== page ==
Nectar by Joji album review by James Olson. The LP featuring Yves Tumour, Omar Apollo




Emotions are messy. We rarely experience them with coherency, they often collide with one another in confusing ways, and we can get trapped in certain states of mind for days if not weeks at a time. Nectar, the latest release from Joji, is a multi-faceted mood piece of sorts. It is at once melancholic, lovesick, and hopeful while being mired
in a very particular malaise. 

Joined by an impressive production team including Diplo, Bekon & The Donuts, Justin Parker, and Kenny Beats, the Japanese born alternative R&B artist strikes an intriguing balance on Nectar between the lo fi intimacy of his earlier releases with the glossy sheen of a big budget production. 
The record is definitely a slow burn with the first three tracks bearing a similar moody vibe featuring consistent use of lo fi guitar and piano samples throughout. Nectar really starts to pick up with “Daylight” which includes a punchy beat provided by Diplo, a nostalgic synth hook, and a sweeping, romantic chorus.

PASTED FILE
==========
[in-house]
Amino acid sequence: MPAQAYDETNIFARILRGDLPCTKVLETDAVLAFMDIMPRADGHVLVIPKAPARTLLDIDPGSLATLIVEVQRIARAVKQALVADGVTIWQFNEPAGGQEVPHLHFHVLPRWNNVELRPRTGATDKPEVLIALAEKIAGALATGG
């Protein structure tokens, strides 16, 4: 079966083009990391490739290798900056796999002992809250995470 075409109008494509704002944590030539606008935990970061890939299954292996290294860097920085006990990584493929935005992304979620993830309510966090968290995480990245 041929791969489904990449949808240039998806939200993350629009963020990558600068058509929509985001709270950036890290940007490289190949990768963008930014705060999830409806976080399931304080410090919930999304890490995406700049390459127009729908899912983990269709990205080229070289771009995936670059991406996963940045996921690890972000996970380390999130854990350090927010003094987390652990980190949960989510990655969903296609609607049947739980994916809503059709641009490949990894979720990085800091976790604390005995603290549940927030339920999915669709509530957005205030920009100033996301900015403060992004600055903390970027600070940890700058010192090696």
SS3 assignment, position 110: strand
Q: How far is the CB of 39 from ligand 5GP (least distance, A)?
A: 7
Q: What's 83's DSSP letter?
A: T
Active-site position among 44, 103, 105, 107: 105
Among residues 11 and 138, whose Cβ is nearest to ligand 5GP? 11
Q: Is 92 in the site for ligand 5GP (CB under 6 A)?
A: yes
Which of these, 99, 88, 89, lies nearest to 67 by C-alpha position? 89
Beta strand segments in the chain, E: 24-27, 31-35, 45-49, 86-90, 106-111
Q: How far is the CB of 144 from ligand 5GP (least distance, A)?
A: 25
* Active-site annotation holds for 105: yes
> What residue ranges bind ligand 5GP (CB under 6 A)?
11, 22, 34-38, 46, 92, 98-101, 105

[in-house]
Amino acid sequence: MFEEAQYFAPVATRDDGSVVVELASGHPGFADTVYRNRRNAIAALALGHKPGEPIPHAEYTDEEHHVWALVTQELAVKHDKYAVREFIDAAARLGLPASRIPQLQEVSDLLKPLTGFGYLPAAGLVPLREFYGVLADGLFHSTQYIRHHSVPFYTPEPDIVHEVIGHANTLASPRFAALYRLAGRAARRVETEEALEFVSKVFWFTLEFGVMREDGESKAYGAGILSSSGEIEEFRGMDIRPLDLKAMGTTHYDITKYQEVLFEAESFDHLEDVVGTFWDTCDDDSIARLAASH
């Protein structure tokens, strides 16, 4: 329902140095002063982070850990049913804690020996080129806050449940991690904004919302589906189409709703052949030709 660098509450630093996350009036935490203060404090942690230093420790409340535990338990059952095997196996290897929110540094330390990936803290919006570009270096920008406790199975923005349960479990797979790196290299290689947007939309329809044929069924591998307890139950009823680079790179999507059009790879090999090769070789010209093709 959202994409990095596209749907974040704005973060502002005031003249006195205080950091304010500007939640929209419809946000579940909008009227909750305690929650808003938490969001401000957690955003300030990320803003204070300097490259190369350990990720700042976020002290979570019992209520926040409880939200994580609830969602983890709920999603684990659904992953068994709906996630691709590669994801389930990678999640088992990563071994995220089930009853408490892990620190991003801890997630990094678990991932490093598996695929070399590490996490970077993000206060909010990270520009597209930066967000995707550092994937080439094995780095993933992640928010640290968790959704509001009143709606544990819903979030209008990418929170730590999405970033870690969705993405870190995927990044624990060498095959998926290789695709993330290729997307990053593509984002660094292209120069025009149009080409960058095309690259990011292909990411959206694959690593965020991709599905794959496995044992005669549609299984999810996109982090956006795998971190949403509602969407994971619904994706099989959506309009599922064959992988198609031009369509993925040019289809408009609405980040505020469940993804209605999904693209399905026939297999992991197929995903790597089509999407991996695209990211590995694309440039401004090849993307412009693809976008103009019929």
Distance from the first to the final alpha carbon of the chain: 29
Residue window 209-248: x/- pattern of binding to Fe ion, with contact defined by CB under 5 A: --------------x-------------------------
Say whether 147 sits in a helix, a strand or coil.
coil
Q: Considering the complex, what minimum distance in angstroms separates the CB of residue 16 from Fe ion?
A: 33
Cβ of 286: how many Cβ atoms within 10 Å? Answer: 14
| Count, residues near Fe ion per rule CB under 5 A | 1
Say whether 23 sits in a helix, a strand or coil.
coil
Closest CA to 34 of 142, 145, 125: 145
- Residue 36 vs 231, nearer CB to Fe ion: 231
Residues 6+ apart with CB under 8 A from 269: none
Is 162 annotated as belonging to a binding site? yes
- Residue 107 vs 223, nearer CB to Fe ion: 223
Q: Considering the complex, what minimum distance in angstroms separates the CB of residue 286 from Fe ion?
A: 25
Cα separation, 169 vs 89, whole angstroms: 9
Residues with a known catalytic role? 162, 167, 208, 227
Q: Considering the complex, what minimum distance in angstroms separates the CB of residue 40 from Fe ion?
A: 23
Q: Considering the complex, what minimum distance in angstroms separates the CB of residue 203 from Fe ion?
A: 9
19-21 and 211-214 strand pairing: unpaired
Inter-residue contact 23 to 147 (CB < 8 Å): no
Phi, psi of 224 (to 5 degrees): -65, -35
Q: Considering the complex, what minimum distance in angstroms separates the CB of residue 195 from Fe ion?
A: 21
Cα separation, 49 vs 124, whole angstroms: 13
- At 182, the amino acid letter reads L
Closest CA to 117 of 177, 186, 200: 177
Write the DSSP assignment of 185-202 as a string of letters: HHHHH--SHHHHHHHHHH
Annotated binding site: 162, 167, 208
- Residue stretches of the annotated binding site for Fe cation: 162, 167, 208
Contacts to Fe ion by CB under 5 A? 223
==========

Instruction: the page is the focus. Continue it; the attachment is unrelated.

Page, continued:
The real sweet spot (pun intended) on Nectar comes with the three track run of “Gimme Love,” “Run”, and “Sanctuary.” Each of these previously released singles showcase Joji’s versatility as a songwriter making them the strongest songs on the record. “Gimme Love” is perhaps the most ambitious composition on the album with thudding bass and a driving beat on the first half shifting dreamily into an angelic piano and string leaden finale. The guitar heavy “Run” is a soulful R&B barn burner featuring an anthemic chorus and a searing guitar solo in the final leg of the track. The crown jewel on Nectar is “Sanctuary,” an enchanting electro pop ballad that achieves lift off thanks to an uplifting and catchy falsetto performance by Joji.

The second half of the record is a bit of a mixed bag in part due to the featured guests that make an appearance on a handful of the remaining tracks. “High Hopes” starts strong with an introspective acoustic guitar line, a bare bones beat, and an atmospheric vocal refrain though Omar Apollo’s auto crooned verse seems out of place with the rest of the track. The song “Pretty Boy” is distractingly messy on a few spots though Lil Yachty’s verse is a pleasant surprise as the standout section of the track. “Reanimator” featuring electro experimentalist Yves Tumor is fittingly the oddest composition on the LP as a glitchy, extended instrumental intro devolves into a druggy dance beat accompanied by heavily distorted synths and guitar.

Joji has certainly taken a step forward with his second wide release. On the singles especially he shows moments of real creativity with the arrangements and showcases his undeniable skills as a vocalist. For its bevvy of producers and guest artists, Nectar is consistent in its emotionally conflicted tone. 


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